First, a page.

Dip in serum cholesterol tied to higher pancreatic cancer risk

Tristan Manalac
05 Dec 2022
Dip in serum cholesterol tied to higher pancreatic cancer risk

A recent decrease in total cholesterol levels may signal an aggravated risk of pancreatic cancer, reports a study. On the other hand, high serum cholesterol in the preceding years may exert a protective effect against pancreatic cancer.

“Taken together, our findings provide evidence to support total cholesterol in the recent past, but not the long-term, may be inversely associated with the incidence of pancreatic cancer,” the researchers said.

Drawing from the database of the Korean National Health Insurance Service—Health Screening Cohort, the researchers included 215 pancreatic cancer patients and compared these against 645 age- and sex-matched controls. Patients were divided into four according to the level of cholesterol over the last 11 years: desirable (<200 mg/dL; n=119), borderline high I (200–219 mg/dL; n=54), borderline high II (220–239 mg/dL; n=27), and high (≥240 mg/dL; n=15). [Nutrients 2022;14:4938]

Multivariable-adjusted conditional logistic regression analysis revealed that patients who had high cholesterol in the 3-year period before the index date were half as likely to develop pancreatic cancer than those with desirable cholesterol levels (odds ratio [OR], 0.50, 95 percent confidence interval [CI], 0.27–0.93).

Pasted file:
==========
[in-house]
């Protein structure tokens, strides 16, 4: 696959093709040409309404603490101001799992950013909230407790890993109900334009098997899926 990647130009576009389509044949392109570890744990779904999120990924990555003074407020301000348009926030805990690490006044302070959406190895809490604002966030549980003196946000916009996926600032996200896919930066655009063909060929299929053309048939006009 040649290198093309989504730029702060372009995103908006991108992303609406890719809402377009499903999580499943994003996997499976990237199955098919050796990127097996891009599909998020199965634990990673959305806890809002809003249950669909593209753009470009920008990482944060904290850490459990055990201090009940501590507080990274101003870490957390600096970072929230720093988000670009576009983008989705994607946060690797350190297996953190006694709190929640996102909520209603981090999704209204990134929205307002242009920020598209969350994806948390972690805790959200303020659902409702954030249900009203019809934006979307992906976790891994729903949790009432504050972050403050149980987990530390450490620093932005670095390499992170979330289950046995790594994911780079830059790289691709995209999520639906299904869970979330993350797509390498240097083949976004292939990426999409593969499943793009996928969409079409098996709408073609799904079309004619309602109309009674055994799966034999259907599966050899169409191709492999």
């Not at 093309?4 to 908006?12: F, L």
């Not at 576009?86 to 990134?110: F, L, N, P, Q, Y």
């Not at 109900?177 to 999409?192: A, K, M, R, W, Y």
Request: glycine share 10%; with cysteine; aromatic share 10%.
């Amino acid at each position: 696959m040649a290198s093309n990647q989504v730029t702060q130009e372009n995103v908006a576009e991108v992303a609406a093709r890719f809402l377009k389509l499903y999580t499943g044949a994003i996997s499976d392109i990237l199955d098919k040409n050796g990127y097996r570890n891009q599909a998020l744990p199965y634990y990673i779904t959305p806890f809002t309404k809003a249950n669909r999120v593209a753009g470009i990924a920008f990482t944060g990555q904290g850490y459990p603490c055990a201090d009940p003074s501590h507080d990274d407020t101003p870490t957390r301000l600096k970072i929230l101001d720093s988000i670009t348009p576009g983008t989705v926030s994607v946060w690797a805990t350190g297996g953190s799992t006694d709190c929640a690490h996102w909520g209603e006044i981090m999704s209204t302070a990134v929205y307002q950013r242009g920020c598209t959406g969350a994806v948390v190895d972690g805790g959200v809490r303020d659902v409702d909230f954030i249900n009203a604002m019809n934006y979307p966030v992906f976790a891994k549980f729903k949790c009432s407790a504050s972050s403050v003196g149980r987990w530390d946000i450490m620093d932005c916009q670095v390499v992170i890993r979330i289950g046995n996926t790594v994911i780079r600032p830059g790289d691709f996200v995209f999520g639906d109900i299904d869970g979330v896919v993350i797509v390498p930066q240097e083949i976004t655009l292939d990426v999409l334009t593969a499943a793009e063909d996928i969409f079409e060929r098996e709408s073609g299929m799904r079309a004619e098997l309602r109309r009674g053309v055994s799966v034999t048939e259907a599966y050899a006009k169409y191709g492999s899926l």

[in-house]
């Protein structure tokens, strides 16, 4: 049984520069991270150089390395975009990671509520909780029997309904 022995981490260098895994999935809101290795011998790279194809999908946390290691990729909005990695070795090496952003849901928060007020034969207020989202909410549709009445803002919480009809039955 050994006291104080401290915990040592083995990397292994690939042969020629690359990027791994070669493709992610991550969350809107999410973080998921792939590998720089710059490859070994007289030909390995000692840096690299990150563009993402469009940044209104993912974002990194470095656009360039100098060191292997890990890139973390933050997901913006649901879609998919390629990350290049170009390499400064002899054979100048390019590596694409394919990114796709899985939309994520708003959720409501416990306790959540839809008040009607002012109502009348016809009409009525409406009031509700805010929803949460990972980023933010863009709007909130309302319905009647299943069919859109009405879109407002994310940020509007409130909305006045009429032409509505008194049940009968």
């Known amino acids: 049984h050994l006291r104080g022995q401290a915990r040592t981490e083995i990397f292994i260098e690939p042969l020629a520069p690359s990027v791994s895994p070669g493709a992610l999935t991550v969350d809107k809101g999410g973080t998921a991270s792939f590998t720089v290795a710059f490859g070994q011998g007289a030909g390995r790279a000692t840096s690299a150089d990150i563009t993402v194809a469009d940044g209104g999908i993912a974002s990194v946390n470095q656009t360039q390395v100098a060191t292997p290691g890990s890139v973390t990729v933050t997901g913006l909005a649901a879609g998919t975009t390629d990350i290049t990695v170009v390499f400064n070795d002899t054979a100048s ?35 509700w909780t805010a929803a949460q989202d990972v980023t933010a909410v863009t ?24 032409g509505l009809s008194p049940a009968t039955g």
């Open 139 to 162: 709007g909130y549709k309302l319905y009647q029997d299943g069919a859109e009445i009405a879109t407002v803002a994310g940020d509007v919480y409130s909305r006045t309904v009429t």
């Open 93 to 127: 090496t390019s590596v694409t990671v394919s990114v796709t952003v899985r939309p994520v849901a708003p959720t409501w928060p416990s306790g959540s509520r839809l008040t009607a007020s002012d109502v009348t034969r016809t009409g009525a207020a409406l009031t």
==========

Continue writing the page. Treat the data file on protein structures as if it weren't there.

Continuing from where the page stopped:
Stratified analysis showed that this effect was pronounced in women (OR, 0.32, 95 percent CI, 0.13–0.80) but not in men.

Such an effect was absent for both borderline-high cholesterol subgroups. Moreover, cholesterol levels showed no significant impact on pancreatic cancer risk when measured 7 to 4 years and 11 to 8 years before the study’s index date. Total cholesterol measurements over the 11-year study period were also unrelated to pancreatic cancer risk.

To track longitudinal changes in serum cholesterol, the present study made use of repeated cholesterol measurements. Through this methodology, “our study suggested the importance of timing in the relationship between total serum cholesterol level and pancreatic cancer incidence,” the researchers said, pointing out that most other articles on this subject have “inconsistent reported results.”

Recent cholesterol trends

After looking at cholesterol control in recent years, the researchers then assessed more near-term impacts of changes in serum cholesterol levels.

Compared with participants whose cholesterol had remained <240 mg/dL over the past 11 years, recent hypercholesterolaemia (levels increasing from <240 to ≥240 mg/dL) was associated with a lower risk of pancreatic cancer (OR, 0.45, 95 percent CI, 0.20–1.03). In contrast, recent resolution of hypercholesterolaemia (from ≥240 to <240 mg/dL) aggravated such risk by nearly 90 percent (OR, 1.89, 95 percent CI, 0.95–3.75).

Of note, consistent hypercholesterolaemia showed no clear interaction with the risk of pancreatic cancer (OR, 0.71, 95 percent CI, 0.30–1.66).

“To the best of our knowledge, this study is the first to explore the temporal timing of total cholesterol and pancreatic cancer incidence in a long-period setting,” the researchers said.

“This study provides insight into the early detection of pancreatic cancer with an easily tested serum biomarker,” they added.

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